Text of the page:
“WHERE ARE ALL THE TEACHERS?”
WHERE ARE ALL THE TEACHERS?
Roger D. Campbell
Those Christians that taught the word of God in the first century played an important role in the work of the church. Some may have taught in one location while others taught as they traveled from place to place. Some, no doubt, taught constantly week after week and year after year, while perhaps others taught with less frequency.
In the 21st century, the church still needs its members to teach the word! We need to go out and take God’s word “into the streets and lanes of the city...into the highways and hedges, and compel” folks to repent and accept the Lord’s invitation (Luke 14:21,23). We need saints of God to teach their family members about the Christ as Andrew did (John 1:40-42). We need dads and moms teaching in the home, instructing their precious kids in the ways of the Lord (Eph. 6:4).
There is also a great need today, as in every generation, for Bible class teachers. Inasmuch as the Holy Spirit has not designated in the Bible how often, where, and in what manner the saints of God must be together in Bible class arrangements, those questions all fall into the realm of judgment, with the leadership of each congregation determining what it deems will work most effectively for the local flock on the first day of the week or at any other time.
In order to have Bible classes, you must have students. Without students, there are no classes. In the same way, Bible classes also stand in need of someone to teach them. We need teachers in the classroom that faithfully teach and live the message of the Bible (1 Tim. 4:16). Some of the church’s most capable folks do not do much teaching. Thus, I ask, “Where are all the teachers?” Where are those faithful saints that are needed to teach new converts, young married couples, college-aged saints, teenagers, and kids all the way down to the infants? I recognize that not every member of the church is cut out to teach a class, and I also understand that some members are not yet spiritually mature enough to be given the responsibility to teach, but in many local churches, that still leaves several qualified people to teach. Where are they? Why is it that they do not teach?
There are too many who make excuses for not teaching.
“I’ve done my share of teaching. It’s time to let somebody else do it.” There is such a thing as “teacher burnout.” Sometimes folks just need a break from teaching. There are some great workers that have been in the classroom for decades. Their influence on the Kingdom and the population of heaven will not be fully known or appreciated until we meet on that other shore. But, at the same time, what if every person took the approach of “Let somebody else do it?” Not much would be done, would it? Besides, in our congregation’s directory, there is no brother or sister with the name “Somebody Else.”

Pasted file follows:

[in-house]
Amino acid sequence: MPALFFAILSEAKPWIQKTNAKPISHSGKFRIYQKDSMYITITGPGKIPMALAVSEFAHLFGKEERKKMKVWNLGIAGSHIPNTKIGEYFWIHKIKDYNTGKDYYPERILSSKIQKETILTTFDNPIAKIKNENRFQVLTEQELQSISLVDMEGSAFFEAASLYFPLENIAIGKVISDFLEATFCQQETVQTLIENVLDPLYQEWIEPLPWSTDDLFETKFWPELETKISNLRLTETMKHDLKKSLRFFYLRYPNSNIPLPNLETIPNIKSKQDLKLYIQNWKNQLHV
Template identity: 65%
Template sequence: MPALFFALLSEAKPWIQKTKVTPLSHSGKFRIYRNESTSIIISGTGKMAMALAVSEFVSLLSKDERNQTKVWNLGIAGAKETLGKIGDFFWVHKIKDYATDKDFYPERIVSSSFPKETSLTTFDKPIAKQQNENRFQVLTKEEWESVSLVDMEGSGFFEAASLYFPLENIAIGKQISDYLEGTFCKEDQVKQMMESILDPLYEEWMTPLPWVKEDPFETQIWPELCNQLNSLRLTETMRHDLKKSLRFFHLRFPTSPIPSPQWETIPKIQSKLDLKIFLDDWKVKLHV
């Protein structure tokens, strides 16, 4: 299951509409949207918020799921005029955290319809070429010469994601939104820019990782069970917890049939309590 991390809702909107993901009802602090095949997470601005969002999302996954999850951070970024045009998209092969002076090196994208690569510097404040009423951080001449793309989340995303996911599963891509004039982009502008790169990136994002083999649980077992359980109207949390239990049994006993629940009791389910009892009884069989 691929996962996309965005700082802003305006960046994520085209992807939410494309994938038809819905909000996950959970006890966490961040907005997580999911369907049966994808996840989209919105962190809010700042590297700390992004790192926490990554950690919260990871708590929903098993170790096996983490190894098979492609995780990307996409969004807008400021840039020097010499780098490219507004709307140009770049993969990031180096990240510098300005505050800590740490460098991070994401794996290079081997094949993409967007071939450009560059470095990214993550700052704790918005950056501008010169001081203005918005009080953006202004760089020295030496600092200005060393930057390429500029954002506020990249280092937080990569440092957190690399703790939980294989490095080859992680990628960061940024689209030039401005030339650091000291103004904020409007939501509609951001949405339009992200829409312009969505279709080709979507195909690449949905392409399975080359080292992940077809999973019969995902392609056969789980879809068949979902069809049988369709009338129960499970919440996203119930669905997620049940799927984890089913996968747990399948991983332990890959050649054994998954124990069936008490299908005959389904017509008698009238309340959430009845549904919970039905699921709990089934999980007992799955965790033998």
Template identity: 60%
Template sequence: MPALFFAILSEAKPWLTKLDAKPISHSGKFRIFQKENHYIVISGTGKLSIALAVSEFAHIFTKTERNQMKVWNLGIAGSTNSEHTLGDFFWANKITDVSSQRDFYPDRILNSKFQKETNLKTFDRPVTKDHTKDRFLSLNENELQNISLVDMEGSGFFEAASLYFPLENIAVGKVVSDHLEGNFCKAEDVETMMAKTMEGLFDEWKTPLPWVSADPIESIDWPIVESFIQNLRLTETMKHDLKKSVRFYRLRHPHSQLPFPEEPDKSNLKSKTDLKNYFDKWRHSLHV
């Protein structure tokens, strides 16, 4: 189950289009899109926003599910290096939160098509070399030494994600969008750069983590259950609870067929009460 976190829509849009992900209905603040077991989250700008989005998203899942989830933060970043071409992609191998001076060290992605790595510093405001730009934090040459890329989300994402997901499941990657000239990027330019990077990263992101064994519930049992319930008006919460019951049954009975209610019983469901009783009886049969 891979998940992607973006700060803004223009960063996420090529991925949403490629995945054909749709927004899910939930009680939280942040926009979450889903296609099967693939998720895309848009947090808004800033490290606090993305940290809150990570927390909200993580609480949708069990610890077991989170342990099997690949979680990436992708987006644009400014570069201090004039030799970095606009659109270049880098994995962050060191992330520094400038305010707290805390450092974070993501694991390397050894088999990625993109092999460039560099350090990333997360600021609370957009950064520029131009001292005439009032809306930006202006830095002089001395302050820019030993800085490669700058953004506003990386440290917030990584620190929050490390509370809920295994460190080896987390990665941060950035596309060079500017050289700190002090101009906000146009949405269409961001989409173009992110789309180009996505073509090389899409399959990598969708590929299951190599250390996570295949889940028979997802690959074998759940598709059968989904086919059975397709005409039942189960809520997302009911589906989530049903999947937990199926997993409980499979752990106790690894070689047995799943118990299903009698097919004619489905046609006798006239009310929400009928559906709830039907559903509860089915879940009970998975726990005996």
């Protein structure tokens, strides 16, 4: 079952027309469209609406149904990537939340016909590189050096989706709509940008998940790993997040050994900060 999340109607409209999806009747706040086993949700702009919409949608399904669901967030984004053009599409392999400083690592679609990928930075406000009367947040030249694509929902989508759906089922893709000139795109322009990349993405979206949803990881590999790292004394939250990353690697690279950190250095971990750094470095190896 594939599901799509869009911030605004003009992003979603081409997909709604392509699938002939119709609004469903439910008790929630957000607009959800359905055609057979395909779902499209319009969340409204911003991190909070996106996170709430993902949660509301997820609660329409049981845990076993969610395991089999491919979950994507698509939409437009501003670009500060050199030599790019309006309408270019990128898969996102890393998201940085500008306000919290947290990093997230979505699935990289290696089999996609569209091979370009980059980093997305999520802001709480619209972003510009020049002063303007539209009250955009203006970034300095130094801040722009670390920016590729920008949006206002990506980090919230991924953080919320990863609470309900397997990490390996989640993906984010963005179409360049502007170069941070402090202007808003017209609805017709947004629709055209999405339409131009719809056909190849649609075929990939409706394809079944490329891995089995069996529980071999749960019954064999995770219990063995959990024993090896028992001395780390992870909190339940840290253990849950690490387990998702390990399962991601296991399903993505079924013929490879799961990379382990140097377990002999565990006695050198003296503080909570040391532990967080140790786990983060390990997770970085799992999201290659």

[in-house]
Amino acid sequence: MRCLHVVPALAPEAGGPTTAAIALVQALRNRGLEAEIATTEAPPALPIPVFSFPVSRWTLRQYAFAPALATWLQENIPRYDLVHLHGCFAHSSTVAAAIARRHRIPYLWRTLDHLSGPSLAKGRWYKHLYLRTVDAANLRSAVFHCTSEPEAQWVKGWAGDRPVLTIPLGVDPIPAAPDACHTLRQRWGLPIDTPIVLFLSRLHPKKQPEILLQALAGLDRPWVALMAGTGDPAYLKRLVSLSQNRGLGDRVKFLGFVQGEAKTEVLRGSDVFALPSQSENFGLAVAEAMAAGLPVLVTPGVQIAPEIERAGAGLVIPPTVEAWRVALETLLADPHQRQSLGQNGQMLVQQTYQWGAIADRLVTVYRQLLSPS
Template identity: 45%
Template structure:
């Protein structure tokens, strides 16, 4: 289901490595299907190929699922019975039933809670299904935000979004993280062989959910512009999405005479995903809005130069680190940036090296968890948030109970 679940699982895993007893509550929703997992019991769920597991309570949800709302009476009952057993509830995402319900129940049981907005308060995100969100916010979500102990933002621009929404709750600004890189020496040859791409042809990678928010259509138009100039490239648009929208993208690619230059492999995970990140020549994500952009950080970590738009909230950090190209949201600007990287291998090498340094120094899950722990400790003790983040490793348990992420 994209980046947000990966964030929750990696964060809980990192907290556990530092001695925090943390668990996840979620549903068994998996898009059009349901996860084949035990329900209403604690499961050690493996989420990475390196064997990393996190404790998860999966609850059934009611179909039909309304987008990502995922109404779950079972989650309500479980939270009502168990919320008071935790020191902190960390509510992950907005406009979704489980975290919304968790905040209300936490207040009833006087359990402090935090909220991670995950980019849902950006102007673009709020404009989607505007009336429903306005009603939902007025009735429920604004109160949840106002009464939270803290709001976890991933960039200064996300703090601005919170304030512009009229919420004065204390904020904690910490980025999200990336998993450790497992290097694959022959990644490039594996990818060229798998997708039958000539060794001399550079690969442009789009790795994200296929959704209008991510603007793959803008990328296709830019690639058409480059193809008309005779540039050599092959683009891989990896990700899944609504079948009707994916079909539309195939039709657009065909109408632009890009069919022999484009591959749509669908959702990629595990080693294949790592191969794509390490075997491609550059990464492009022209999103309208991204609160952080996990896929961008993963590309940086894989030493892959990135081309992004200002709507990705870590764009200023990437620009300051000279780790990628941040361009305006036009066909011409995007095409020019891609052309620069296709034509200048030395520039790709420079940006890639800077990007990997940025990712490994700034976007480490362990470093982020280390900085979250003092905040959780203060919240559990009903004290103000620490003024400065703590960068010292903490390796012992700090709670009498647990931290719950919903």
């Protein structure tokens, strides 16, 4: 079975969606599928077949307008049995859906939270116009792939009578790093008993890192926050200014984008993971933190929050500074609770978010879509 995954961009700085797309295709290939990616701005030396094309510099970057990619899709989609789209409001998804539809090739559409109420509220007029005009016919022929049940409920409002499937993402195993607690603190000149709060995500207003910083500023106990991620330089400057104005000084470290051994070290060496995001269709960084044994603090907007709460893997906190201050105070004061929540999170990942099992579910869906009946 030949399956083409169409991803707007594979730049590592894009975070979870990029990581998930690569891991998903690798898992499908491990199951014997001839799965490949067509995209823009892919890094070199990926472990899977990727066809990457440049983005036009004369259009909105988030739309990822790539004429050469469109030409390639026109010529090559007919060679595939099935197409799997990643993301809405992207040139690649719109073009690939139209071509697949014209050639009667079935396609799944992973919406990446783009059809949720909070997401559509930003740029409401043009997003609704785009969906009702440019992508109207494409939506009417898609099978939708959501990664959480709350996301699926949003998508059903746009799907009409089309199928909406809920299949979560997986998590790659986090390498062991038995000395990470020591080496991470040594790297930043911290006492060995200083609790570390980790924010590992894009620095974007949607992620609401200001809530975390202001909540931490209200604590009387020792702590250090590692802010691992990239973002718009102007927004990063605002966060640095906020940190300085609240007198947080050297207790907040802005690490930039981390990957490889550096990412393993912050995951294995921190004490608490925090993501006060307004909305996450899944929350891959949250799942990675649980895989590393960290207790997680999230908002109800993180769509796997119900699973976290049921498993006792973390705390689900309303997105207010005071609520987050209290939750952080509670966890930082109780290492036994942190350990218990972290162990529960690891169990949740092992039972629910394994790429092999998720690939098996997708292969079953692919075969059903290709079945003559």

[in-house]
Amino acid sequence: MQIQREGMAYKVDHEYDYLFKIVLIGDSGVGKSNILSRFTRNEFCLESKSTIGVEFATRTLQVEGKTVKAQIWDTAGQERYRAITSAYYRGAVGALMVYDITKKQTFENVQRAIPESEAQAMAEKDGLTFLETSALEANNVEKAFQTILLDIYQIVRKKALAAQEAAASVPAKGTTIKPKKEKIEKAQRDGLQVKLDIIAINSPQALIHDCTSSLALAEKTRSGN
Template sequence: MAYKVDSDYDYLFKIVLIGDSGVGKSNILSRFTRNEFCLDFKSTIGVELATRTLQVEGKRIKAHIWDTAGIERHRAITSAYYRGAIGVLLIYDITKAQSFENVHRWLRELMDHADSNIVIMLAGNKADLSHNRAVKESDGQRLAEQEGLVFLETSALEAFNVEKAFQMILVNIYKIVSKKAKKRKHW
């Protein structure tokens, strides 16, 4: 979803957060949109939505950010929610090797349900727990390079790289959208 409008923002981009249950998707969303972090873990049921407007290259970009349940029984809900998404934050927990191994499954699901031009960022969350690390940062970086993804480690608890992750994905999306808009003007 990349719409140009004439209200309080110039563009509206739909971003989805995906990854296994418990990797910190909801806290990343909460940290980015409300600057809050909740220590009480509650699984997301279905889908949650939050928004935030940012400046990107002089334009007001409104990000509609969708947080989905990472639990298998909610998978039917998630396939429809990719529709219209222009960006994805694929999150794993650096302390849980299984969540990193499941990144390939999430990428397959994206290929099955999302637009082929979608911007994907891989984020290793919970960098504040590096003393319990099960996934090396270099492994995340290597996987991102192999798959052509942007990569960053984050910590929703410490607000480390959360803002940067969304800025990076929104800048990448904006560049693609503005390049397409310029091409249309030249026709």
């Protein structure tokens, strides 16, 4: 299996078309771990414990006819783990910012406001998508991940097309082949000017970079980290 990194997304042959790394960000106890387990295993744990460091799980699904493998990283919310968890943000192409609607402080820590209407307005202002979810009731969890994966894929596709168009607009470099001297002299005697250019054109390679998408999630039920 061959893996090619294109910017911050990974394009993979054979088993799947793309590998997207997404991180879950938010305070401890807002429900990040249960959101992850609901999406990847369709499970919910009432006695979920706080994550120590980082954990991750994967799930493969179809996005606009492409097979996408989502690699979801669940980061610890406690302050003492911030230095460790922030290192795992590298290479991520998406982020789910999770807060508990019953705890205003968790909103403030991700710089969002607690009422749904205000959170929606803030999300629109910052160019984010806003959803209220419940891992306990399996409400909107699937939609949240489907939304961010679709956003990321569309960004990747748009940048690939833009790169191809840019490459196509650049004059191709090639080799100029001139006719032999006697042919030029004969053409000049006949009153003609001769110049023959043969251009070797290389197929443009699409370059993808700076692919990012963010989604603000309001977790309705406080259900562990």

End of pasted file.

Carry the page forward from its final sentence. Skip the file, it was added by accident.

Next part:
“I would volunteer to teach, but I know how that works around here. Once you start teaching, you will never get anybody to take your place, so you are stuck with the teaching job for life.” Consider this possibility: approach the deacon or shepherd that works with the Bible class/educational program and volunteer to teach for a specified period of time, say three or six months, with the understanding that you are doing this only on a temporary basis. If you fear there might be a misunderstanding, write out your offer/proposal and sign your name. At the same time, especially where young children are involved, it often makes for a more stable classroom setting when a teacher can work with the same group for a bit longer period of time. Surely there are some arrangements we can come up with that get effective teachers into the classroom and at the same time keep them from getting burned out.
“I am just too busy right now to take on a teaching responsibility.” Without doubt, some circumstances at home or at work, or both, make it taxing to teach a weekly class. Yet, at the same time, how long have you been saying you are too busy to teach? Has it been six months? Three years? Seven years? Brothers and sisters, our Lord expects us to use our talents, and He can only increase our abilities when we use them! Some have the reputation of being good teachers, but they must have gained such years ago because they sure do not do any teaching these days. For some, the time factor may be a legitimate cause for not teaching on a temporary basis, but for others there is a good chance it is a sorry excuse for failing to do what they ought to do (James 4:17). While we use our excuse of “I’m just too busy,” humanistic teachers have plenty of time to pound evolution into the brains of our kids, TV producers have oodles of time to portray violence and nakedness as “normal,” and denominational zealots make ample time to spread the devil’s falsehoods. But, hey, it’s just our young people and the souls of God’s people that we do not have enough time for. How serious could that be?!
There is no biblical demand that says a congregation must divide into Bible classes by age groups. That decision, by the authority of the Lord (cf. 2 Tim. 2:15; 2 Peter 3:18), is left to each local congregation. However, we see the advantage in many cases of doing so, but it would be just as scriptural to have everyone study in one room. Yet, would it not be sad if the leaders of a local church were forced to make such a decision because no one was willing to teach separate classes?
Bible classes play a huge role in determining where a congregation will be five or even twenty-five years down the road. You believe that, too, don’t you? Where are all the teachers?